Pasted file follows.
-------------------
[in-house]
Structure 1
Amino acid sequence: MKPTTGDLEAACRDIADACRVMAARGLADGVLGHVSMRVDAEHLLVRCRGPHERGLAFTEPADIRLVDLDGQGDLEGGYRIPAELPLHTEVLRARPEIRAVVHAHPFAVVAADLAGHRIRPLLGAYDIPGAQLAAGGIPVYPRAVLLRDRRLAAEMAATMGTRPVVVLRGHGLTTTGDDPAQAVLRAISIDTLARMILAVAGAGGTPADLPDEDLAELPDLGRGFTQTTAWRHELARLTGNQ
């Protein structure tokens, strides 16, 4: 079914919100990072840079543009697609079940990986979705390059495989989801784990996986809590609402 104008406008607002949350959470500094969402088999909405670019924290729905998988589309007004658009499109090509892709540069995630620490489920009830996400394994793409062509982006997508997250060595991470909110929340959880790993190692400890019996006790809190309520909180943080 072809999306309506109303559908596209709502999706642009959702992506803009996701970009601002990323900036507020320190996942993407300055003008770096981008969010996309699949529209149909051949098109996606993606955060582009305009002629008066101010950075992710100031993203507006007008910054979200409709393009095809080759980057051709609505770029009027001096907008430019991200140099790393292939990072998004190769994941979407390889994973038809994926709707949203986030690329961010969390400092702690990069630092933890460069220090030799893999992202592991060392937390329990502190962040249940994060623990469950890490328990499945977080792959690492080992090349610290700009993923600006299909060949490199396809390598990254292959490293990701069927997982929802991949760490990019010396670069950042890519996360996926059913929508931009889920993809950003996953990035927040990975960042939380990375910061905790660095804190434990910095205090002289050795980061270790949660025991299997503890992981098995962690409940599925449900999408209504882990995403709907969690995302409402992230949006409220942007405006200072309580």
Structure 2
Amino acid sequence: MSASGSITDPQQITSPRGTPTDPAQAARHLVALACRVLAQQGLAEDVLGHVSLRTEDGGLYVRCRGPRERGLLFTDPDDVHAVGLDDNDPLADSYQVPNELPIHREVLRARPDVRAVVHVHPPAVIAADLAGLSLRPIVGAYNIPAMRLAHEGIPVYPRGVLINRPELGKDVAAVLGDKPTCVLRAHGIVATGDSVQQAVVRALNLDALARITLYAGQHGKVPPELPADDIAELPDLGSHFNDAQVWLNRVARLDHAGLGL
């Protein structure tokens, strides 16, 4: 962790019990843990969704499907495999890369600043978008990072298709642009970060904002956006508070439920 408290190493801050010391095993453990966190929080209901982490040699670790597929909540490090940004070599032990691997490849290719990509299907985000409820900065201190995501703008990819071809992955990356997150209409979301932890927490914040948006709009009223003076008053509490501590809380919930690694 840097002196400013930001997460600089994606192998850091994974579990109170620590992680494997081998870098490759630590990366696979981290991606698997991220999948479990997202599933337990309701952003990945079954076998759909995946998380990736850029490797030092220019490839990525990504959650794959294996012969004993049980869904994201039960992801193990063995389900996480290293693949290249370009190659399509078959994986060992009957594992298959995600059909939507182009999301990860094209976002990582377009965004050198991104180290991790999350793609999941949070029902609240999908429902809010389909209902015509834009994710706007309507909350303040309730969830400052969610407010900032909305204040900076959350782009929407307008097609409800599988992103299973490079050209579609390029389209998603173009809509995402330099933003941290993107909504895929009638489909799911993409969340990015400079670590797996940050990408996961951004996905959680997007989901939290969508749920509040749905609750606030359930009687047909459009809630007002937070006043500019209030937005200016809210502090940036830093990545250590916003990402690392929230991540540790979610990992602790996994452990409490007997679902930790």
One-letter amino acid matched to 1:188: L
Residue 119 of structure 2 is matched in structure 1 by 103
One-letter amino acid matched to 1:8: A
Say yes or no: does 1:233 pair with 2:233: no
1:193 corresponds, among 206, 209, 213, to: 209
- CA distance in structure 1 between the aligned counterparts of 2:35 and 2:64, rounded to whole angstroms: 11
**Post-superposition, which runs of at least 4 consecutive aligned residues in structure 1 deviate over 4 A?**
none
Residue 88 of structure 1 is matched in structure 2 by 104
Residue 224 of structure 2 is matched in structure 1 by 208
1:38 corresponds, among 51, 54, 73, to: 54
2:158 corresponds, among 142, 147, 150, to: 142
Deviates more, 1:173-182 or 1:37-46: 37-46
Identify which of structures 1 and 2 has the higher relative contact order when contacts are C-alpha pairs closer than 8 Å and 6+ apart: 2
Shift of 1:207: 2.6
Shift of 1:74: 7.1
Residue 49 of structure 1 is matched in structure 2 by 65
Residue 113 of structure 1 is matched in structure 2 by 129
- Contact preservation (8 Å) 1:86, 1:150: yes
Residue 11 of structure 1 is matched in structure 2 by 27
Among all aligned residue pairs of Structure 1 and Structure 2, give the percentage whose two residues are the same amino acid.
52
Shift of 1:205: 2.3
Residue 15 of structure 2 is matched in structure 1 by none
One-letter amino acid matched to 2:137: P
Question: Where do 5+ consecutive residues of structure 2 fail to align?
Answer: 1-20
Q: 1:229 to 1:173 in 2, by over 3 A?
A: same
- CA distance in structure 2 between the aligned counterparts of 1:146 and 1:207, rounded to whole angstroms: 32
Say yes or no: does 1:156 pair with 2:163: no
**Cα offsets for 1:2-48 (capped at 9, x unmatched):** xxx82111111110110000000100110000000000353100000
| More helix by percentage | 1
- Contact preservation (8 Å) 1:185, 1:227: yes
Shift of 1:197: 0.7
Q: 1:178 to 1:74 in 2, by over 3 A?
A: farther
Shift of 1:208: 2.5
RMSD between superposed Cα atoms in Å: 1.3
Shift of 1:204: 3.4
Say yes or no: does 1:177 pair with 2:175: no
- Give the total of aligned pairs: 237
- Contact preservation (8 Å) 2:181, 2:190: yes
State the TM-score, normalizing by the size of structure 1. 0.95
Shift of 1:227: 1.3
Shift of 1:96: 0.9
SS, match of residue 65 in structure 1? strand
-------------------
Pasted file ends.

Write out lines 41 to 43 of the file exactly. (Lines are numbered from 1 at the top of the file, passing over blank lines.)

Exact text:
- Contact preservation (8 Å) 1:185, 1:227: yes
Shift of 1:197: 0.7
Q: 1:178 to 1:74 in 2, by over 3 A?